5.8. The Chicago School

Brian Fedorek

Biological and psychological positivism looked at the differences between criminals and non-criminals. Instead of finding differences between kinds of people, the Chicago School tried to detect differences between kinds of places. During the 1920-1930s, the University of Chicago was the vanguard for human ecology, which is the study of the relationship between humans and their environment. Robert Park (1925) viewed cities as “super-organisms,” comparing the city-human relationship to the natural ecosystems of plants and animals that share habitats. Furthermore, Burgess (1925) proposed concentric zone theory, which explained how cities grow – from the central business district outwards.[1]

Concentric Zones

Shaw and McKay (1942), who were both former students of Burgess, began to plot the addresses of juvenile court-referred male youths. They noticed many of the addresses were located in the zone in transition.[2] Upon further investigation, Shaw and McKay noticed three qualitative differences in the transitional zone compared to other zones. First, the physical status included the invasion of industry and the largest number of condemned buildings. When many buildings are in disrepair, population levels decrease. Second, the population composition was also different. The zone in transition had higher concentrations of foreign-born and African-American heads of families. It also had a transient population. Third, the transitional zone had socioeconomic differences with the highest rates of welfare, lowest median rent, and the lowest percentage of family-owned houses. Interrelated, the zone also had the highest rates of infant deaths, tuberculosis, and mental illness.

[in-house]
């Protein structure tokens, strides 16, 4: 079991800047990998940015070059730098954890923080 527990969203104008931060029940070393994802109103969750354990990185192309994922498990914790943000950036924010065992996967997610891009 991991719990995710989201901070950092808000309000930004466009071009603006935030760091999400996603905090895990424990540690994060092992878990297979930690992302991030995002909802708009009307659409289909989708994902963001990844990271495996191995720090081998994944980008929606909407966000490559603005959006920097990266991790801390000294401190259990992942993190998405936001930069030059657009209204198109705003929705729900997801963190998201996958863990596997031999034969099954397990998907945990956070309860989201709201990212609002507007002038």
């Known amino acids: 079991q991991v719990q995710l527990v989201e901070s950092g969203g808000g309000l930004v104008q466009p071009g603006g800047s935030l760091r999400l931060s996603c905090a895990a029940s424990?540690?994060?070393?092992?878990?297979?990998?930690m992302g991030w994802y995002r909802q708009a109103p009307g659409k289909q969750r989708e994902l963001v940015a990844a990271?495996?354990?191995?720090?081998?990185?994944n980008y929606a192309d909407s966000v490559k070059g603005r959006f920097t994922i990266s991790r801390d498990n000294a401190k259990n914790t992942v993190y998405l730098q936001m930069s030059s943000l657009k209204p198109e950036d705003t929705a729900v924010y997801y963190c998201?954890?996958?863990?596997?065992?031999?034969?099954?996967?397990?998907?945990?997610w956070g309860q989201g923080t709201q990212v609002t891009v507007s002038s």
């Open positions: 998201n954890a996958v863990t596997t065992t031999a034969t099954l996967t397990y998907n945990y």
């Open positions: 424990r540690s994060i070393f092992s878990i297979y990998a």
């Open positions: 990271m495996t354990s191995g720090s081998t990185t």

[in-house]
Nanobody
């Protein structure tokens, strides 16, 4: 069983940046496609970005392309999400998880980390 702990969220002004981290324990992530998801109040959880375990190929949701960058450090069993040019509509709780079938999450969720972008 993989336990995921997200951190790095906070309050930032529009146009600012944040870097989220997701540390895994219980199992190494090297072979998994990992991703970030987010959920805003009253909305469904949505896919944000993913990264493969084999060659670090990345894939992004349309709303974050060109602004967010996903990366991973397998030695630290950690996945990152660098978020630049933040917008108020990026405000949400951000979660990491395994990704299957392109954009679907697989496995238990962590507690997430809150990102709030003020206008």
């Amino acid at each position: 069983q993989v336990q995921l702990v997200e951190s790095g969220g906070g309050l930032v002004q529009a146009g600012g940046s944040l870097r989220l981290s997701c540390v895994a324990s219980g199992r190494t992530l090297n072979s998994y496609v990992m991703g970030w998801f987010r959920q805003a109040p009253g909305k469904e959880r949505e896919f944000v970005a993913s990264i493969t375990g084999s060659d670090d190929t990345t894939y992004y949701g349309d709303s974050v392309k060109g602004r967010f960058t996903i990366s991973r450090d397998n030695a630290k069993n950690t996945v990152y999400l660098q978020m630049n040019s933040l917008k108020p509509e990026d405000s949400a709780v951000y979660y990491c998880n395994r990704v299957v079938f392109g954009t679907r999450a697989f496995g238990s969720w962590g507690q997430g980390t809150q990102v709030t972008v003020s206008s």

Shaw and McKay believed the zone in transition led to social disorganization. Social disorganization is the inability of social institutions to control an individual’s behavior. Since the zone in transition had people moving in and moving out at such high rates, social institutions (like family, school, religion, government, and economy) and members could no longer agree on essential norms and values. As earlier stated, many residents were foreign. Thus, speaking different languages and having different religious beliefs may have prevented neighbors from talking to one another and solidifying community bonds. Overall, Shaw and McKay were two of the first theorists to put forth the premise that community characteristics matter when discussing criminal behavior.

  1. Burgess, E.W. (1925). The growth of the city. In R.E. Park, E.W. Burgess, and R.D. McKenzie, Jr., The city. Chicago, IL: University of Chicago Press.
  2. Shaw, C.R., & McKay, H.D. (1942). Juvenile delinquency and urban areas. Chicago, IL: University of Chicago Press.


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